Monthly Archives: September 2013

Korean War (17)

K Co., 35th RCT, 25th Div. fire at CCF w/ a M1919A4, 30 caliber air-cooler light machine gun during Operation Ripper.

K Co., 35th RCT, 25th Div. fire at CCF w/ a M1919A4, 30 caliber air-cooler light machine gun during Operation Ripper.

The battered men of the 38th Regiment of the 2nd Division, the Dutch battalion and the 187th RCT were ordered to “make the strongest possible stand to blunt the CCF.” This amounted to approximately 8,000 men. As expected on 13 February 1951, the enemy attacked along with their usual whistles, horns and bugles blaring. Hills numbered 339,340,341 and 342 were the east to west ridge-lines needed to be taken. Here, the fighting became so intense and continuous that it remains difficult to follow the progress over the rugged terrain and individual unit combat. Casualties mounted on both sides, but their position was held. Hill after hill and ridge after ridge, they grabbed whoever was still able to fight and went through Hills 240, 255 and 738. (Hills were numbered according to their height.)

CCF XIII Army attack on Hoengsong - ROK 8th Div. destroyed

CCF XIII Army attack on Hoengsong – ROK 8th Div. destroyed

18 February, the Chinese realized they were fighting a lost cause and pulled back. Ridgeway was notified and set up Operation Killer to launch a counterattack. Two days later, with a visit from MacArthur, they went over this plan that included recrossing the Han River. Later on, MacArthur would claim (with Almond’s confirmation) that this operation was his own by stating, “I ordered Ridgeway to start north again.” No such order had been given as far as the records show. Since censorship had been in force since December 1950, Ridgeway tried diplomatically to stymie MacArthur’s theatrics and grandstanding with the press. He complained that MacArthur’s long-standing habit of visiting when a major offensive was about to be enforced was most assuredly going to be picked up by the enemy.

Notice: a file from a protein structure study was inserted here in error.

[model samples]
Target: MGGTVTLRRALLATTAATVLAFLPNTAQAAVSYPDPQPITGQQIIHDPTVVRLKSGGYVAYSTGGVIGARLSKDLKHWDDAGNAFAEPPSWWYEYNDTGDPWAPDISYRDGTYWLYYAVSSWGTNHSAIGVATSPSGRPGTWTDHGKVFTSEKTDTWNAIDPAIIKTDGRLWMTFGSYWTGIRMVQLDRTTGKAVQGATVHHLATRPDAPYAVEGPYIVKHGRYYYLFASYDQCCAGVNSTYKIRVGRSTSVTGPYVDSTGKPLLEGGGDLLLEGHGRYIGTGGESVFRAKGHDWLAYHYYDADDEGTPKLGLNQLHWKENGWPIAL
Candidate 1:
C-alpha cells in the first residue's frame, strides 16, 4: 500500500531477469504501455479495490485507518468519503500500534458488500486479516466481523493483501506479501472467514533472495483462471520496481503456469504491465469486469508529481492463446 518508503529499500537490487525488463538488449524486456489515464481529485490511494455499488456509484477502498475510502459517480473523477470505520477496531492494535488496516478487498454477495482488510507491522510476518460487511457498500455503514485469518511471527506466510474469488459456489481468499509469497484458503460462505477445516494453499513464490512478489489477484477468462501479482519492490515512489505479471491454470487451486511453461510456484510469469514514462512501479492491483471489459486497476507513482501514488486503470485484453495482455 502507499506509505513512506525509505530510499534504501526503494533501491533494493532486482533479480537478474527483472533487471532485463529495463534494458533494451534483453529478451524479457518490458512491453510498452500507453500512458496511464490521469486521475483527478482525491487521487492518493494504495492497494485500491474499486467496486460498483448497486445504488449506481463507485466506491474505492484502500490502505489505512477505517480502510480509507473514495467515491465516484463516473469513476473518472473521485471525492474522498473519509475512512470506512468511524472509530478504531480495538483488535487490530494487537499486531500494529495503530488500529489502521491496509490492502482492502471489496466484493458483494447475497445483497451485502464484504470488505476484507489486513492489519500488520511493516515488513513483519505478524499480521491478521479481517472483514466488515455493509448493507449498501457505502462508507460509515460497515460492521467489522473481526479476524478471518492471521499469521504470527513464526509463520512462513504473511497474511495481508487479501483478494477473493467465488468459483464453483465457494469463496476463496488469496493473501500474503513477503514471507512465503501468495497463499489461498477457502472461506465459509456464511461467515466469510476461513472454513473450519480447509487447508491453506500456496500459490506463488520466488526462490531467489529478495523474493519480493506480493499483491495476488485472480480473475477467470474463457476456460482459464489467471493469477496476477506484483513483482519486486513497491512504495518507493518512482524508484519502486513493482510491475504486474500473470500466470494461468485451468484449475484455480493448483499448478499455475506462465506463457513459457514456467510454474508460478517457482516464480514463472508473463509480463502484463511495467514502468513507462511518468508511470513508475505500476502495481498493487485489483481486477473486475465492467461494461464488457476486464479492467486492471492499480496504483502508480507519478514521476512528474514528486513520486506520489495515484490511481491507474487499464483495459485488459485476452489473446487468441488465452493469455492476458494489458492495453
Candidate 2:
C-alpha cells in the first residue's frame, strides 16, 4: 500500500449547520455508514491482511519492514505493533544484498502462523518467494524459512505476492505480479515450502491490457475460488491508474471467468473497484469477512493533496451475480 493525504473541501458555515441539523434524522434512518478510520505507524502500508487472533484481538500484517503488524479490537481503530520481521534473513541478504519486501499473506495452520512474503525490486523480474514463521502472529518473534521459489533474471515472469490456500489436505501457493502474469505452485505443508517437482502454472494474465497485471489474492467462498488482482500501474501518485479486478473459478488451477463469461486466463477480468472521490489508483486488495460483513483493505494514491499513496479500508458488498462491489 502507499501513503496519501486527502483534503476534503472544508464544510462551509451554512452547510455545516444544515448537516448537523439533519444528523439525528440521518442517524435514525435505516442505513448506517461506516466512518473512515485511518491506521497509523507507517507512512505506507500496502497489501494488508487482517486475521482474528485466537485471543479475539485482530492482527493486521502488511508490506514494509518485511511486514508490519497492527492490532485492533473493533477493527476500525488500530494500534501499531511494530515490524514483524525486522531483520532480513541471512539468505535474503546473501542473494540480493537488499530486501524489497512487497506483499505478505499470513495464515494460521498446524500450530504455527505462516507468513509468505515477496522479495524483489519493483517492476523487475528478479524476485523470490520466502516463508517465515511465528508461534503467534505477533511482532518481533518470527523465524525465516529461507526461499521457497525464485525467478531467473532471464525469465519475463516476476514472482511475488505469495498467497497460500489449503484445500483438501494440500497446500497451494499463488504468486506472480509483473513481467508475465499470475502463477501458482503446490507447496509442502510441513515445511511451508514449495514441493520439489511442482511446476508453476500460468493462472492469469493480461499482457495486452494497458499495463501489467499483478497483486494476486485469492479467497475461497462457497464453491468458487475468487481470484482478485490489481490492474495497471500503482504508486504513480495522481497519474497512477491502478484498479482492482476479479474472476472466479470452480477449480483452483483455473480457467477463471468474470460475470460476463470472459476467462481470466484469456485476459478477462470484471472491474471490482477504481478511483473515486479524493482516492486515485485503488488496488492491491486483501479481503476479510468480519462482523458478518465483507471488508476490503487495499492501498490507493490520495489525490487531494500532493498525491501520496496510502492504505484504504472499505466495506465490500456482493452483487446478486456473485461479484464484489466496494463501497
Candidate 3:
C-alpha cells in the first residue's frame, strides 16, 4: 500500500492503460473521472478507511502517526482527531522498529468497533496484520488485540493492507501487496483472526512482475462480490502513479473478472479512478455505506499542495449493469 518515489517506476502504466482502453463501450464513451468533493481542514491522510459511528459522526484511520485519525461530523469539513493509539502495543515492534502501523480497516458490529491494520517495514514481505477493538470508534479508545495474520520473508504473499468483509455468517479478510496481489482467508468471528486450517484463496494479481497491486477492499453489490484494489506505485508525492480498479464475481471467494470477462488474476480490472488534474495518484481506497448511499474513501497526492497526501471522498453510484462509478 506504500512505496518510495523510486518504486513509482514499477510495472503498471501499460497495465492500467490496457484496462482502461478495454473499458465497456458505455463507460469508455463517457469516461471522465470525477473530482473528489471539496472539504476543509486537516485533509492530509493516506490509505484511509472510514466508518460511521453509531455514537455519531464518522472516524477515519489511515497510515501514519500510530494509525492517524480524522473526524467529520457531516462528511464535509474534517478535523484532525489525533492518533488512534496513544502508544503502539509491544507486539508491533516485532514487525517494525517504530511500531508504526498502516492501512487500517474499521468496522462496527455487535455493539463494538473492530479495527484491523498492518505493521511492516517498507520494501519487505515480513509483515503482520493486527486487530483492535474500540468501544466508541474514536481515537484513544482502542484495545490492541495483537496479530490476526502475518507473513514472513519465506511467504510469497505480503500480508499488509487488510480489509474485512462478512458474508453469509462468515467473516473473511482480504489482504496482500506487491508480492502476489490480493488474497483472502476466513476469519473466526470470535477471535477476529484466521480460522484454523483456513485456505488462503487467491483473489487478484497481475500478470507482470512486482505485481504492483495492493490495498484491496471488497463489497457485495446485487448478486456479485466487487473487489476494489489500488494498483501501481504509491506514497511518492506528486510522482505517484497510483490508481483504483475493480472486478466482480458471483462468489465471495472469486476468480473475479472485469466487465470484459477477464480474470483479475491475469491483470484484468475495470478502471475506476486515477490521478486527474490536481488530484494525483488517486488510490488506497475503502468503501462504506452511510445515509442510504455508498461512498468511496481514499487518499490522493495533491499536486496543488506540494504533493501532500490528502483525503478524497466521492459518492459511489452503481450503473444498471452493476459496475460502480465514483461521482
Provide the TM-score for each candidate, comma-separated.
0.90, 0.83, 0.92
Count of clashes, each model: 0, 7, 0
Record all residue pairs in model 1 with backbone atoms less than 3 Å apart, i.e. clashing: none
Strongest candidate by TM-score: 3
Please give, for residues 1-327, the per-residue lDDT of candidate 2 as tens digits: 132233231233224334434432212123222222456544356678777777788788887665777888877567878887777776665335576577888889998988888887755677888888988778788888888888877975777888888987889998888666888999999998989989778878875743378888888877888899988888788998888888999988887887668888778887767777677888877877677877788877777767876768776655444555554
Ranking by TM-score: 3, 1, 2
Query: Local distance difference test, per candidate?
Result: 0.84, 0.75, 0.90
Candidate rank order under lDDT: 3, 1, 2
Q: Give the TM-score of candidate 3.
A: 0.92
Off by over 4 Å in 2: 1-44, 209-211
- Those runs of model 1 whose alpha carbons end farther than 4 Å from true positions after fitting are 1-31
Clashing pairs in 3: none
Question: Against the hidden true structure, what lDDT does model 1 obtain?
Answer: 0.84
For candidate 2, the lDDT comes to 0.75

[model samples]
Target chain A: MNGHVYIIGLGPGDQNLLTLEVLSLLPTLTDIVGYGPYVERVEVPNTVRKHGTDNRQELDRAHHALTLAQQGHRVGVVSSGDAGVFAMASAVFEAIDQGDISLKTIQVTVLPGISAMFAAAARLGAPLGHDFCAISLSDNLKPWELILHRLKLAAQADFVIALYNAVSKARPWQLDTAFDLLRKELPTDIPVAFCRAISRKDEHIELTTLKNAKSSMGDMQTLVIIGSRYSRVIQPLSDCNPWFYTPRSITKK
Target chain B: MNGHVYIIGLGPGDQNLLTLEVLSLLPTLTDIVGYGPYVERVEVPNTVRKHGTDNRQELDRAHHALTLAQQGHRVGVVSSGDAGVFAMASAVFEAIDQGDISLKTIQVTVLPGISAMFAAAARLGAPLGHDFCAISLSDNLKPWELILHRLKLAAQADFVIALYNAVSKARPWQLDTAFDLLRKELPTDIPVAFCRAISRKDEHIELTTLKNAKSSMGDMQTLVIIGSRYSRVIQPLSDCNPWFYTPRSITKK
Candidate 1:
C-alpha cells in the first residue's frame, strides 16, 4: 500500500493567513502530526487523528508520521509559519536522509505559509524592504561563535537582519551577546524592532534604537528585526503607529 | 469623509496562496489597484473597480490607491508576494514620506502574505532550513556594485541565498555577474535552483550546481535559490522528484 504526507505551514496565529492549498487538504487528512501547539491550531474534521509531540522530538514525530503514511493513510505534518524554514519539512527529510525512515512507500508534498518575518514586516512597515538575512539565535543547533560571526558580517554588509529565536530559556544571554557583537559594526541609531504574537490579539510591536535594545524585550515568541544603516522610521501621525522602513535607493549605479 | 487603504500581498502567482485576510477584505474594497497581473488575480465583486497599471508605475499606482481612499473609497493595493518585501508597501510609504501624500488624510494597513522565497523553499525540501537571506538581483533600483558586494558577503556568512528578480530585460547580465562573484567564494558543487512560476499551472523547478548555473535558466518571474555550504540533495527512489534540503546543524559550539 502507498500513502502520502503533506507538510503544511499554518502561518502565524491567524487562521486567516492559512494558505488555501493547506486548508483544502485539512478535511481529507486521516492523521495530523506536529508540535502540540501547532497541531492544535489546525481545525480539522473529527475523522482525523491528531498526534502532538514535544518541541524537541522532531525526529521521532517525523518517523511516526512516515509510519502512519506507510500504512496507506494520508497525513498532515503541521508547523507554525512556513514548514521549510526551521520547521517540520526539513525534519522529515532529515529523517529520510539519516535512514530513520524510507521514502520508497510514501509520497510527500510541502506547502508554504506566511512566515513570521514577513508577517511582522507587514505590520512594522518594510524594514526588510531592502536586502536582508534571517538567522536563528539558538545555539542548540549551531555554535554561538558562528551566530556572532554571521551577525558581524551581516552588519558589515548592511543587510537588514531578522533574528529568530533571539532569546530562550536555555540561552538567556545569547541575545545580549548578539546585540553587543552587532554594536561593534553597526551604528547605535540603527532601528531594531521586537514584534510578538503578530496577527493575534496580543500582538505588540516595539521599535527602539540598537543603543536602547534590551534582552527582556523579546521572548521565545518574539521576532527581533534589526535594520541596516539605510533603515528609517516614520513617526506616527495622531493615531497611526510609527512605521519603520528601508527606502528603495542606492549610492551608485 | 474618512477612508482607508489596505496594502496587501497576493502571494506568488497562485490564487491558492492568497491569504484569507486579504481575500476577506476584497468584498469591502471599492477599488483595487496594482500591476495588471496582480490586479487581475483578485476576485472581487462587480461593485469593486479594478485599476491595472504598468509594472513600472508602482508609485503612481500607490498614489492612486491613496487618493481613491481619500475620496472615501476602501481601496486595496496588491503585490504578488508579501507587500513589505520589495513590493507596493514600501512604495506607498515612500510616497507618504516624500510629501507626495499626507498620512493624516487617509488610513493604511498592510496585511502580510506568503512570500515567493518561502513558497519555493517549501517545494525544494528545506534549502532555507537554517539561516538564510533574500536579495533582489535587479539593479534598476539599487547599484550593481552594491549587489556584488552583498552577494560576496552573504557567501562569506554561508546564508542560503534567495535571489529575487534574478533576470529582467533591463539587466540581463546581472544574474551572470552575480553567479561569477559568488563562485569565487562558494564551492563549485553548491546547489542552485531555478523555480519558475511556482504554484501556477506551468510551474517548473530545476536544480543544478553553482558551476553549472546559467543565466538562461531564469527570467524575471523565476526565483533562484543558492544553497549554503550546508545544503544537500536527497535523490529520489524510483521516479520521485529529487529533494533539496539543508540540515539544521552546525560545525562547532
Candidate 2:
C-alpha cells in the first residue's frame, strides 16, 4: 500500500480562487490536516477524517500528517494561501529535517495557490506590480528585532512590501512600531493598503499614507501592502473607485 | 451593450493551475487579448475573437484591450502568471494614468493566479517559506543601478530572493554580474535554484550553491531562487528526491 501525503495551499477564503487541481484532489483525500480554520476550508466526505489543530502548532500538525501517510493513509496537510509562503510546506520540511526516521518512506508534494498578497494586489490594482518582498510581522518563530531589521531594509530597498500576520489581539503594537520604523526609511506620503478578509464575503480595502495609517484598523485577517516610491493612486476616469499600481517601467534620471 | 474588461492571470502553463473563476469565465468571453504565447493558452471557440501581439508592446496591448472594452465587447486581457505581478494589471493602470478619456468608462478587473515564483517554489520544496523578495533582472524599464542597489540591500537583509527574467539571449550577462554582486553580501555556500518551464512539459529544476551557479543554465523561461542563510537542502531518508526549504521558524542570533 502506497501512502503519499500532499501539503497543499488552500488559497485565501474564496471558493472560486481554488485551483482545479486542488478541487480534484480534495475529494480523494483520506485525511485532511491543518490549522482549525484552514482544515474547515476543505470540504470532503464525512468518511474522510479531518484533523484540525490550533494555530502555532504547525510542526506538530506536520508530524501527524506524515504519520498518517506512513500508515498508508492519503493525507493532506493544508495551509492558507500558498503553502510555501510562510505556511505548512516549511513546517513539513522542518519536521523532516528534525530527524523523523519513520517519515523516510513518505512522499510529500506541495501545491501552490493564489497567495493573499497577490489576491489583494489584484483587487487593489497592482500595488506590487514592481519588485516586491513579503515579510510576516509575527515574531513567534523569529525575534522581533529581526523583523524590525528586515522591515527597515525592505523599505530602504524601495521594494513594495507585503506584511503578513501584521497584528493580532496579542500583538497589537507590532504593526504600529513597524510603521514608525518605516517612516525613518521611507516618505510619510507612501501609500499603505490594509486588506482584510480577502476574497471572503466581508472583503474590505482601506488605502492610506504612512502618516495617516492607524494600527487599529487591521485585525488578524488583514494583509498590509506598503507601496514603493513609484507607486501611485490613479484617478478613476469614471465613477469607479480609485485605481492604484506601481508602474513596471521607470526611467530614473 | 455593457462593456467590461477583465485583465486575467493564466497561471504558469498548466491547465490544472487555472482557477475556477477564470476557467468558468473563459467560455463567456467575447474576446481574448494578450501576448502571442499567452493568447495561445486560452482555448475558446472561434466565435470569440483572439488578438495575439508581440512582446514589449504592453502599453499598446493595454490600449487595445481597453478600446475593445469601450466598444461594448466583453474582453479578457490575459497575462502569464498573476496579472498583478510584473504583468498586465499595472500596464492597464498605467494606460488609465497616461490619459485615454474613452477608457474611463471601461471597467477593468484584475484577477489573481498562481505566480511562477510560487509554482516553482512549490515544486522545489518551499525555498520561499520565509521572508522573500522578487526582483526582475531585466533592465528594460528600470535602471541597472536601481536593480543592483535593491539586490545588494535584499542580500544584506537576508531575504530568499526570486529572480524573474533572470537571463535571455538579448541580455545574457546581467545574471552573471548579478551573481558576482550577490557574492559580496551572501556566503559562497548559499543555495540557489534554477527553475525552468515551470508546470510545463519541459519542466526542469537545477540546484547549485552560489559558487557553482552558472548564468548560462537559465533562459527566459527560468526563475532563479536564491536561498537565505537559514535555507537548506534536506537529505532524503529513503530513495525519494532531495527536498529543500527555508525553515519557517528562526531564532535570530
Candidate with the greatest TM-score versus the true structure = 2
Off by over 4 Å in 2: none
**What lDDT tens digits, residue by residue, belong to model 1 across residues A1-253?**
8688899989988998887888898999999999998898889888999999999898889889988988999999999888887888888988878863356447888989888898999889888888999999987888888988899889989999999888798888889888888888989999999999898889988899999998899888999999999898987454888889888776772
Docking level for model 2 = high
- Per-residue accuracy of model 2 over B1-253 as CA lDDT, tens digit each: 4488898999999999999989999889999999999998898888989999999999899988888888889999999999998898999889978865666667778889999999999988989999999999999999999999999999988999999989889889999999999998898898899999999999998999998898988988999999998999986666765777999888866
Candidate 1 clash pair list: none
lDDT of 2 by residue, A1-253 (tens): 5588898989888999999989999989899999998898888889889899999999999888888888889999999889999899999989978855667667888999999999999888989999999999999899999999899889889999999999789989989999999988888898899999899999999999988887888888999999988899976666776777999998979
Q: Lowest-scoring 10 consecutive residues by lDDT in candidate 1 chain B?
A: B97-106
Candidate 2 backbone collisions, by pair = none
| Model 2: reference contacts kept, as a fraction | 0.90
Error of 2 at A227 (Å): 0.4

By 28 February, all enemy resistance south of the Han River was eliminated. The 187th RCT Rakkasans were once again sent back to Taegu to reorganize.

1-12 March, the U.N. line was about halfway between the 37th and 38th parallels and this did not sit well with Ridgeway. The 1st Marine Division captured Hoengsong. 5 March, COMNAVFE (the commander of the Navy, Far East), stated his intelligence reports were showing a build-up of CCF and small boats in port opposite Formosa. The junk might be used for an amphibious attempt on Formosa. Operation Ripper, devised 2 weeks before with MacArthur’s approval, was to trap and eliminate the enemy. It was intended to split the Chinese and the North Koreans. This was put into action on the 7th with about 150,000 men on the offensive. By the 11th, the US IX Corps had reached their Line for Phase One.

14-19 March, Seoul was once again in Allied hands; being that it was deserted and laid in rubble, no great victory was declared. For these 5 days, the USS Missouri fired on Kyojo Wan, Songjin, Chaho and Wonsan. The ship was credited with 8 railroad bridges and 7 highway bridges.

Even Peng told Mao that no one would win the war. He reported back that with 227,000 American troops backing the 250,000 ROK troops and 21,000 from Britain, Australia, Turkey, the Philippines, Thailand, Canada, New Zealand, Greece, France, Belgium and the Netherlands, would be too many to eliminate.

enemy POWs

enemy POWs